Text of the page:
Cisco Gets Edge-y
Cisco debuts Aggregation Services Routers to combat appliance sprawl and edge services.
After toiling for over five years and investing $250 million into the project, Cisco this took the wraps off its ASR 1000 routers tailored for enterprises and service providers.
These new Aggregation Services Routers feature a new programmable QuantumFlow processor that together with IOS XE software provides a virtualized platform on which to layer a range of services at speeds of up to 10 Gbps. The company is also taking the opportunity to point out how consolidating network functionality onto an ASR is a greener move overall.
By eliminating those appliances (and their power and cooling requirements) and deploying an ASR 1000, Cisco and Synergy Research concluded that organizations could cut their carbon footprint by the equivalent of over 3,700 gallons of gas.
Cisco is courting service providers with the ability to handle and quickly provision hosted or managed services. For enterprises, collaboration, application performance, security and WAN aggregation are the main draws.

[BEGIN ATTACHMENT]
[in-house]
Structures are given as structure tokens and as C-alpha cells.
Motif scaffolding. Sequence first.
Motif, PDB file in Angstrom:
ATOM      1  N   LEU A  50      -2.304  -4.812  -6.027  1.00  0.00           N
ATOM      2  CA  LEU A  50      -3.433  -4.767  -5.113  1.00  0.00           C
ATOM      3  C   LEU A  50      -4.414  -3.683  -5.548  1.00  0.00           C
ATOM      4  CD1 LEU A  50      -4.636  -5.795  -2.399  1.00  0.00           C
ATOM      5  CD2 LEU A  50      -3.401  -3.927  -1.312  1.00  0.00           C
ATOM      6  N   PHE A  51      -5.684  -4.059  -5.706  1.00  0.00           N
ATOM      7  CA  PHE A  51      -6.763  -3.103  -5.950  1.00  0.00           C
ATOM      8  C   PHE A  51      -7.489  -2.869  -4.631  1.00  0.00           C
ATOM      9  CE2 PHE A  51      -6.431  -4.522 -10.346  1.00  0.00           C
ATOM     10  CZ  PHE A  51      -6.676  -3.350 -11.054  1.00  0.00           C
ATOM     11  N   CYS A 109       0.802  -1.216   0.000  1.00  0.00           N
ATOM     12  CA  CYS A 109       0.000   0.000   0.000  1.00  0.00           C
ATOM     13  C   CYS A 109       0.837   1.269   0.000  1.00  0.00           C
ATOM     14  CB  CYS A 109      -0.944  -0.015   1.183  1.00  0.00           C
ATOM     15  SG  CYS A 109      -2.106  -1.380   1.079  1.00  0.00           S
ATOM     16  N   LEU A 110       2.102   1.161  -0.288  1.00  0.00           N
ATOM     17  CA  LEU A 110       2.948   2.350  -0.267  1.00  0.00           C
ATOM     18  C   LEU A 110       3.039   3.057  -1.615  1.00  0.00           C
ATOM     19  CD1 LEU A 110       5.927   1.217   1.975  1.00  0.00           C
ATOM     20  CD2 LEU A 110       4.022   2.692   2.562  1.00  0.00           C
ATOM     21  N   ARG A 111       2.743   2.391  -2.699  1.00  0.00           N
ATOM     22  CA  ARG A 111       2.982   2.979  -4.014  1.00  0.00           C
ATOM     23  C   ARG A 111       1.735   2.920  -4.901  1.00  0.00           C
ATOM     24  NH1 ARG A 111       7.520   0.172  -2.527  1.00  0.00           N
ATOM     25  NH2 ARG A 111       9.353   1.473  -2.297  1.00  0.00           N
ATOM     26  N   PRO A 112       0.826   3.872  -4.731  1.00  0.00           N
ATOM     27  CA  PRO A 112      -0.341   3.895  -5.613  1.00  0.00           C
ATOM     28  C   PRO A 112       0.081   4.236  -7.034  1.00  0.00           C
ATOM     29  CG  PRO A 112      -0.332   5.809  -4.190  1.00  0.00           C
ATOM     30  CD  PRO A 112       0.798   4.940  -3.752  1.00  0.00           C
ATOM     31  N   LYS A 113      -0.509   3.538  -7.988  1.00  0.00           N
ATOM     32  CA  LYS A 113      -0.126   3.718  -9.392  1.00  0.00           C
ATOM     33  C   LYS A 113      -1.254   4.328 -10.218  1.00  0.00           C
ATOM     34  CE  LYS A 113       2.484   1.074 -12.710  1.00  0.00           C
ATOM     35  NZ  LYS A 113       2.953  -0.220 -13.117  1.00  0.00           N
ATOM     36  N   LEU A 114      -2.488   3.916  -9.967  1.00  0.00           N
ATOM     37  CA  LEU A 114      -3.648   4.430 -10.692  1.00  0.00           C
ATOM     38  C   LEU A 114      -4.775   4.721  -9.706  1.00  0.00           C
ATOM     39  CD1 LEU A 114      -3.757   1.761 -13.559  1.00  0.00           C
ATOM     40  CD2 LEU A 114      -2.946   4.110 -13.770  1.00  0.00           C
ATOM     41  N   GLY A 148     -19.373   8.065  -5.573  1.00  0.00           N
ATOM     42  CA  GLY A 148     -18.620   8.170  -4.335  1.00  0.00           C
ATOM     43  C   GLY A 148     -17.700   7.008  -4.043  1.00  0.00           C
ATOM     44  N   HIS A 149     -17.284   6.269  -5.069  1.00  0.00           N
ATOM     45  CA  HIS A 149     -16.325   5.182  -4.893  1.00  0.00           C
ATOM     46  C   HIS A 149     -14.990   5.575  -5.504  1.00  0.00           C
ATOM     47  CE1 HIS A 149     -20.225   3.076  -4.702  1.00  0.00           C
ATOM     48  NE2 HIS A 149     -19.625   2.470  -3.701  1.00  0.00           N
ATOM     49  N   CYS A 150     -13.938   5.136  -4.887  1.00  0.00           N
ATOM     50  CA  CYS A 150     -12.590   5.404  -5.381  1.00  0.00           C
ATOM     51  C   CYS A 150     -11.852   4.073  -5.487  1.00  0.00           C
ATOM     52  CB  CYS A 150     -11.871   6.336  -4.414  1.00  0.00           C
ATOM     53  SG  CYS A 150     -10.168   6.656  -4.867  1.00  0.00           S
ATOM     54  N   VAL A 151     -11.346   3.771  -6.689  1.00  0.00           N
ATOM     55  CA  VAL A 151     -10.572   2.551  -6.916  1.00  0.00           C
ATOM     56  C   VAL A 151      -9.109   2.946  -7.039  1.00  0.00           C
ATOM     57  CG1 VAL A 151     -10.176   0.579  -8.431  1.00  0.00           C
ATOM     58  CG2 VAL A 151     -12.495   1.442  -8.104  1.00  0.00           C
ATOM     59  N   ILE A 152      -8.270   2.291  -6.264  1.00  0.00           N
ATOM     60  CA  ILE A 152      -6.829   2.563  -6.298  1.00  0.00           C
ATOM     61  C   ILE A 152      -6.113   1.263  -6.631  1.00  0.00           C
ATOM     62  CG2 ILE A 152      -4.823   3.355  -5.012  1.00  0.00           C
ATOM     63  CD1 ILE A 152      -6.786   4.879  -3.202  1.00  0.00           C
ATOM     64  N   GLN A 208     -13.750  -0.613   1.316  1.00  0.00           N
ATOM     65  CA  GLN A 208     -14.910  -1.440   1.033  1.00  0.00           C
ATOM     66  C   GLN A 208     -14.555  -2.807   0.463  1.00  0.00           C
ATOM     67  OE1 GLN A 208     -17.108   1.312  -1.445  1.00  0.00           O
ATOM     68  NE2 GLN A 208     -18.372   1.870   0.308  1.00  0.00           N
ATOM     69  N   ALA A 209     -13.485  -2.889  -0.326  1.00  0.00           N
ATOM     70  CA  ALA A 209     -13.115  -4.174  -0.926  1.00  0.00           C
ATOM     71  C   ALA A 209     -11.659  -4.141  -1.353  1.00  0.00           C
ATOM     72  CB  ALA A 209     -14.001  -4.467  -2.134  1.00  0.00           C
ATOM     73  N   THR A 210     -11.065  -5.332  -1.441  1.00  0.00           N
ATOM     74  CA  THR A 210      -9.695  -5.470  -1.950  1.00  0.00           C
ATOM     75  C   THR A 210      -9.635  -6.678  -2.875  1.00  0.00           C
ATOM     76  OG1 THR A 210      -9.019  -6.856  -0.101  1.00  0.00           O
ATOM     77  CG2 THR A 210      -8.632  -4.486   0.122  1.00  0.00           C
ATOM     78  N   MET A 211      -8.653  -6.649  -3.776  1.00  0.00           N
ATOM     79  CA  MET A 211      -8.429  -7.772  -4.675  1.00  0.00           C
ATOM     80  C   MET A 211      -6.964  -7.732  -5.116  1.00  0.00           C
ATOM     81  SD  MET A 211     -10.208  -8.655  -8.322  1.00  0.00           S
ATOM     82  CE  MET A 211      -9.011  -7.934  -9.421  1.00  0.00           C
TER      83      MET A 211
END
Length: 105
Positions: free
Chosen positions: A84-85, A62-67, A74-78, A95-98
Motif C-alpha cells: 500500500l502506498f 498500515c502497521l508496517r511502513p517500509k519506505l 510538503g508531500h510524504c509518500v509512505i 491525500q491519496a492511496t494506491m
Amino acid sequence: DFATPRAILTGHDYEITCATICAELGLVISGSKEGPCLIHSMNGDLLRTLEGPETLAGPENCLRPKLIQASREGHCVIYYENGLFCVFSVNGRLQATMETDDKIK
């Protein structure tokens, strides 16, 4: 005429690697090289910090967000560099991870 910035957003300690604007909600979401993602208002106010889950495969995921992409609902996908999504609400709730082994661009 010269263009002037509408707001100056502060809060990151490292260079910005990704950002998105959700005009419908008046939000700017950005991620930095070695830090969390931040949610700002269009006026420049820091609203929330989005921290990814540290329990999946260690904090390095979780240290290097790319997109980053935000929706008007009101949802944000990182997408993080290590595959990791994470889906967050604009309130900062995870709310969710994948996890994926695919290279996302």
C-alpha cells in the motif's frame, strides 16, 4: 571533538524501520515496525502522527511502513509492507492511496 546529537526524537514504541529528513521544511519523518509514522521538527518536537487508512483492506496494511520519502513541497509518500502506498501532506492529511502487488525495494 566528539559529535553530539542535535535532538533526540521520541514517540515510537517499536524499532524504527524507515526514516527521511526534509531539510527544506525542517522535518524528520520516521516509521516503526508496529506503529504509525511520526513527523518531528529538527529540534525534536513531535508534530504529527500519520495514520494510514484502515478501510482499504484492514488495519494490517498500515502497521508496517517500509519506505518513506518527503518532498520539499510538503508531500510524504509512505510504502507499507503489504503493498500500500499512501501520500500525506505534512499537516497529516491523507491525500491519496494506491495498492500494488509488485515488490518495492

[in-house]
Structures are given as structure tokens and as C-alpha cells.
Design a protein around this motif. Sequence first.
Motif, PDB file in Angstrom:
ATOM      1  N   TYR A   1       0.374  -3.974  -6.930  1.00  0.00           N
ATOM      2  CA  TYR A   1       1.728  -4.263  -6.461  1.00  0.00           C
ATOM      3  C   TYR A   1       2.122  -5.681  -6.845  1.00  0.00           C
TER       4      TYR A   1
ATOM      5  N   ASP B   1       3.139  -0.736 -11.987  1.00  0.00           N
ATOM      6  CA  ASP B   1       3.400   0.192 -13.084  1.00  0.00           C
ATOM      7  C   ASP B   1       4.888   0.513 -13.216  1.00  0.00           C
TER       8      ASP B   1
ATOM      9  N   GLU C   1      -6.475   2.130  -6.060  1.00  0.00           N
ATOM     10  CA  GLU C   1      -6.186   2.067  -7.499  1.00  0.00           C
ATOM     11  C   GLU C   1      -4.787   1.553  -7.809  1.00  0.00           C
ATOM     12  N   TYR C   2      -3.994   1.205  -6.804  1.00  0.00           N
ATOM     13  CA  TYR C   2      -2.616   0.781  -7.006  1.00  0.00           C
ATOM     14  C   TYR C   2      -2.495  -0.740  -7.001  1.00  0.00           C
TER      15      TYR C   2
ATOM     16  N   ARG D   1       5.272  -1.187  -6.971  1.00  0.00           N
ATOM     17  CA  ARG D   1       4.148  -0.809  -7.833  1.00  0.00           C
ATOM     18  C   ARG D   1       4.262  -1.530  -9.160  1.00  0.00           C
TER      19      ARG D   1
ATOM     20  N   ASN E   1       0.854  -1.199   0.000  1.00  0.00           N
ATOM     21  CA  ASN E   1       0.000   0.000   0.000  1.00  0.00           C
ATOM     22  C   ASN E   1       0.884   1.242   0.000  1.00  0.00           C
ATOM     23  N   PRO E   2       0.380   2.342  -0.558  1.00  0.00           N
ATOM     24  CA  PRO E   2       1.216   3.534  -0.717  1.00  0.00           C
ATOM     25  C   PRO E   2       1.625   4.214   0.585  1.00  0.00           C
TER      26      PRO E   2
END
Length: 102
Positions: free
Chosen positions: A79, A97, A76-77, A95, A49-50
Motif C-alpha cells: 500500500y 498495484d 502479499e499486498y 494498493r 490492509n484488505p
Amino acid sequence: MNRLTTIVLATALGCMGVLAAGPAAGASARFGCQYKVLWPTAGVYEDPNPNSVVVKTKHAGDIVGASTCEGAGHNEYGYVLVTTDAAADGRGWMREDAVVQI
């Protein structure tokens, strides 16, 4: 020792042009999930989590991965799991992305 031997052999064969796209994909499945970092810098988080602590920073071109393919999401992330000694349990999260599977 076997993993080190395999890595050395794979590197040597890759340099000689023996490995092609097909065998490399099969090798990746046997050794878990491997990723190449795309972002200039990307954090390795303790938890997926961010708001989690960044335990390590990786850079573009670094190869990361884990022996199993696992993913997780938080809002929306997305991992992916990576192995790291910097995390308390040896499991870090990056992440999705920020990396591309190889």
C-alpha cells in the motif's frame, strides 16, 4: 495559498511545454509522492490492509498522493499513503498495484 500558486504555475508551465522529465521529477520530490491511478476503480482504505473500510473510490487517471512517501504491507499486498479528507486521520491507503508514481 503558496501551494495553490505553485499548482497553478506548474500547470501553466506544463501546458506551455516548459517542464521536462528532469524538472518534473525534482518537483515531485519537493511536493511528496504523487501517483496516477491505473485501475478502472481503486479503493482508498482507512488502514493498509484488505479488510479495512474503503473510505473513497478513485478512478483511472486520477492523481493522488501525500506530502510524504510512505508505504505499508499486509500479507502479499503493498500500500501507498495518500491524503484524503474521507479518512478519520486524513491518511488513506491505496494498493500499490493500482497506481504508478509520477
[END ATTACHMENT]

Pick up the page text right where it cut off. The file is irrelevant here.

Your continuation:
According to the company, the routers are capable of concurrently providing network functionality usually relegated to appliances and stand-alone servers. These can include application optimization, voice and video, and security services such as encryption, firewalls, IPSec VPNs and deep-packet inspection.
Additionally, in-service software upgrades give network administrators the option to add and upgrade services without router downtime.
Three models will go on sale in April, the 2U form factor ASR 1002 with 3 shared port adapter (SPA) slots, 4U 1004 with 8 SPA slots, and 6U 1006 with 12 SPA slots. Prices start at $35,000.
Article courtesy of Enterprise IT Planet